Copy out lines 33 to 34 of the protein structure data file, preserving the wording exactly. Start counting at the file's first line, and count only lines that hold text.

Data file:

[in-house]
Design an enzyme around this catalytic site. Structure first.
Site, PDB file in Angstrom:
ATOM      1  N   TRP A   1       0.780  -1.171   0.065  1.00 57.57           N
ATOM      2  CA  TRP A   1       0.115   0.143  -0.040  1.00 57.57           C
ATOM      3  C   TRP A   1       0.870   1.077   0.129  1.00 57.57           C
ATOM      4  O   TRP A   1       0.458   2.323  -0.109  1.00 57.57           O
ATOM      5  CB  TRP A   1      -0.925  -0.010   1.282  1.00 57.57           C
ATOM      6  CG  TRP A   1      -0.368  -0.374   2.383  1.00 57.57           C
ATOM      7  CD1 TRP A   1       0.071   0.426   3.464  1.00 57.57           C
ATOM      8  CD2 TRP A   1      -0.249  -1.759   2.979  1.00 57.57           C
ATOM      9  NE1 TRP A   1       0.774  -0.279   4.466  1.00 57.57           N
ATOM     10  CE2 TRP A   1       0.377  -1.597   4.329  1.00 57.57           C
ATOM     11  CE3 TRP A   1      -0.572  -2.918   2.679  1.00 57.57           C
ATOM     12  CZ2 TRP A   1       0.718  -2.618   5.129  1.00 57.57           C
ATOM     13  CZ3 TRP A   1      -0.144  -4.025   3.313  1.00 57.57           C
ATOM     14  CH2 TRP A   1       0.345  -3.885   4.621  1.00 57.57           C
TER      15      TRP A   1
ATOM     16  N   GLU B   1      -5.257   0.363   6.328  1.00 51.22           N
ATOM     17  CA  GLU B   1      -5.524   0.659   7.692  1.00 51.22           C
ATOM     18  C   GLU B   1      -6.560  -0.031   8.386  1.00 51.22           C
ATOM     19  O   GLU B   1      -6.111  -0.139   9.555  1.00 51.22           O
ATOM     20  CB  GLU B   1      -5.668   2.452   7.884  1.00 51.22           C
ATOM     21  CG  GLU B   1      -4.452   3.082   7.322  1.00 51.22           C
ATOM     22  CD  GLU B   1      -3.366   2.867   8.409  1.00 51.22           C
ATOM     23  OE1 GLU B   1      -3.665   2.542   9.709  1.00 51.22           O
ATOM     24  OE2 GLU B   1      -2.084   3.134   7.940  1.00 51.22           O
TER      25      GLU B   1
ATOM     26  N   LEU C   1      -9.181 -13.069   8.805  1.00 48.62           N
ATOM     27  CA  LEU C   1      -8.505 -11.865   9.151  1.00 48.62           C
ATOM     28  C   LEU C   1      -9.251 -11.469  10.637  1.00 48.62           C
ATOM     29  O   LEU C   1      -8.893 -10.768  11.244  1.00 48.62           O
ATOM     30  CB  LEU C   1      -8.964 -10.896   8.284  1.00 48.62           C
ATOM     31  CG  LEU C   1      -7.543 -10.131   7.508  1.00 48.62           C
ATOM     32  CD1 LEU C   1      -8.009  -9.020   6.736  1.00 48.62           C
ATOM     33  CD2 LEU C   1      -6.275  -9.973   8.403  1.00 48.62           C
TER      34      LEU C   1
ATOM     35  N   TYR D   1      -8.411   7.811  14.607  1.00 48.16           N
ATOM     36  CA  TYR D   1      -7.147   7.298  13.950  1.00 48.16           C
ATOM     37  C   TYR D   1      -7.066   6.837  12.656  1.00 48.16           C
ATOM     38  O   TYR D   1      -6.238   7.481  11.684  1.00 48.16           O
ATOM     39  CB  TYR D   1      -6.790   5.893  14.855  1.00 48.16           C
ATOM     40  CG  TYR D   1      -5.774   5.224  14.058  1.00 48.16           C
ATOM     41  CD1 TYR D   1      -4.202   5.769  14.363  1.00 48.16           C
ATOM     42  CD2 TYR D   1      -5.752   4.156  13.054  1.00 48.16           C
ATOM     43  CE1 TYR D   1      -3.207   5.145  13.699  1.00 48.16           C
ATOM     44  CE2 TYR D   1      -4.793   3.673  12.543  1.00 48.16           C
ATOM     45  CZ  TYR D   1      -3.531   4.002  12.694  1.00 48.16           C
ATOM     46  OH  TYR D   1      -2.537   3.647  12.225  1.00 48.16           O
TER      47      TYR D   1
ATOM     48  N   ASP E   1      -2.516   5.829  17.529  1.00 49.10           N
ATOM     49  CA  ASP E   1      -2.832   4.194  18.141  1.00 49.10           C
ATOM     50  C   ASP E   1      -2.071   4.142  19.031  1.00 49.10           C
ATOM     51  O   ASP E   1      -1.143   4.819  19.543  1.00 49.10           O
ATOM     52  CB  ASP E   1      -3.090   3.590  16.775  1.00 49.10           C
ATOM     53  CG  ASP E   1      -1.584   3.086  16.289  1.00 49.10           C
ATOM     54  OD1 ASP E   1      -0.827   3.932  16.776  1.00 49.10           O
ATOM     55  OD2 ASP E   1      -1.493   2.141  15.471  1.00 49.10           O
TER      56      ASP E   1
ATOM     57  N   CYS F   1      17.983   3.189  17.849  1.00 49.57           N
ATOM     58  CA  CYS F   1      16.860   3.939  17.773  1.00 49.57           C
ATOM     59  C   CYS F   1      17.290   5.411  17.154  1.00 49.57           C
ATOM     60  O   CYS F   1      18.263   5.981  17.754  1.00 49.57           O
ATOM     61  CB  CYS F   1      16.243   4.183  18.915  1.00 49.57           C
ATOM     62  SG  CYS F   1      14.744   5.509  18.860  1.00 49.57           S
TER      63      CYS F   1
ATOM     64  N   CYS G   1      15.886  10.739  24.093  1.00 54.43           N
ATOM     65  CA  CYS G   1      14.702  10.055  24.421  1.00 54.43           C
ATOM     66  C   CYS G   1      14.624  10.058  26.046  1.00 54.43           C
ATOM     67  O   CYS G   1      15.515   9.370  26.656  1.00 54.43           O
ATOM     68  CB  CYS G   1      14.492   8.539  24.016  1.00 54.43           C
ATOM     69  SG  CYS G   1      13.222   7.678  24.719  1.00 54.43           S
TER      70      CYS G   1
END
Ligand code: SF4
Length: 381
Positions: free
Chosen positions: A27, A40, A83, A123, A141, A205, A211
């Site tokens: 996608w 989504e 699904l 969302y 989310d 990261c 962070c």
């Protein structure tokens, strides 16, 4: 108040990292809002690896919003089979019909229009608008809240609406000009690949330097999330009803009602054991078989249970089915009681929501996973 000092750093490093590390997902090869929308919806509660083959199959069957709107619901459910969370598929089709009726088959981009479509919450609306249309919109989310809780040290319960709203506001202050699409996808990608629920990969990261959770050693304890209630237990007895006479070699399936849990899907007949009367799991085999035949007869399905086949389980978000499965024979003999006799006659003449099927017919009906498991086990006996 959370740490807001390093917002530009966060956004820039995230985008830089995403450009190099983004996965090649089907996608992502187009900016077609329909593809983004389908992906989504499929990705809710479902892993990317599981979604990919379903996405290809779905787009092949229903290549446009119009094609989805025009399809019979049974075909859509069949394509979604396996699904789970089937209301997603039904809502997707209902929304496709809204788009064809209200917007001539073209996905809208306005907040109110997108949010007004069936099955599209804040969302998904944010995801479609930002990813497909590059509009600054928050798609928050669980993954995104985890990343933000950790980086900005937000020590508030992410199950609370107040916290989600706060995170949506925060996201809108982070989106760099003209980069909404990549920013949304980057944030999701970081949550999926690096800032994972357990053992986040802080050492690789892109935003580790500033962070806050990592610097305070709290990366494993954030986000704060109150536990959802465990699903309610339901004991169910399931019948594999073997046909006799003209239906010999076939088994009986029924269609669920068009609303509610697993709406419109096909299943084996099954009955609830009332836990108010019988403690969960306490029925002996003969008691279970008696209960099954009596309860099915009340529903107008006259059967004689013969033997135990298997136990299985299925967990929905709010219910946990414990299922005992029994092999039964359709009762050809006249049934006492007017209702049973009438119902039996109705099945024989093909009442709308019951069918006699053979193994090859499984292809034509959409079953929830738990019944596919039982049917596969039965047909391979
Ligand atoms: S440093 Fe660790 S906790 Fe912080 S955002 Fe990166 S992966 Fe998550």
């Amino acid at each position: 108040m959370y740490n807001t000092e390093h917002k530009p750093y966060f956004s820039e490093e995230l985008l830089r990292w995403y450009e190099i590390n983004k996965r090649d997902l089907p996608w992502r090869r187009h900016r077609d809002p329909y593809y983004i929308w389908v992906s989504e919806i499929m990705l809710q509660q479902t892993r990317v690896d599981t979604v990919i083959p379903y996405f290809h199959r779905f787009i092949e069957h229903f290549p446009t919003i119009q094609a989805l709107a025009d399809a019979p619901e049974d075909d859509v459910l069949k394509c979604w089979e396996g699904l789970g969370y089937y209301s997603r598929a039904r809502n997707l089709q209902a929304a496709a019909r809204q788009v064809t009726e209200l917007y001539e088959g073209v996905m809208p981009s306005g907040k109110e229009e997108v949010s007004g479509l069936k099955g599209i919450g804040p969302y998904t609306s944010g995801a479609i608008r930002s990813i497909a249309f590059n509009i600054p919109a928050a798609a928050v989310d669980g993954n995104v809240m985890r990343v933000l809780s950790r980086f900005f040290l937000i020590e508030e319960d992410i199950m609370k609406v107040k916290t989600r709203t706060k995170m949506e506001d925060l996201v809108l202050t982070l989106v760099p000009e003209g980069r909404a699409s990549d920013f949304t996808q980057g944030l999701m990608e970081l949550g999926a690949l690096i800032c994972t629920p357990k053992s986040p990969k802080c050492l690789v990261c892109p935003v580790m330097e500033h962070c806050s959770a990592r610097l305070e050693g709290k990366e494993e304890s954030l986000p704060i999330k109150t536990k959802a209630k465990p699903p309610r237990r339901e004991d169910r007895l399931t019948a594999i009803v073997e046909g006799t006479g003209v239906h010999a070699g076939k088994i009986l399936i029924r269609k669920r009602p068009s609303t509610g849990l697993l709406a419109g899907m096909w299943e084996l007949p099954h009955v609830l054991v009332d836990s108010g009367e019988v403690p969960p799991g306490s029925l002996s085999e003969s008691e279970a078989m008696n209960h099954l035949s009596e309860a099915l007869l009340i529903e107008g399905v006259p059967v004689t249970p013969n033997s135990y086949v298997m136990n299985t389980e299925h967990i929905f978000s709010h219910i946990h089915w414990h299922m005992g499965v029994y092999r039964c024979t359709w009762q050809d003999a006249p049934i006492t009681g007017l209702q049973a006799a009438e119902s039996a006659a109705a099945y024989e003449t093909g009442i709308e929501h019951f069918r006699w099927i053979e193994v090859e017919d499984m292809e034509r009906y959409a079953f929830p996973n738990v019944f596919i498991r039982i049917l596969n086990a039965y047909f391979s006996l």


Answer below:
ATOM     30  CB  LEU C   1      -8.964 -10.896   8.284  1.00 48.62           C
ATOM     31  CG  LEU C   1      -7.543 -10.131   7.508  1.00 48.62           C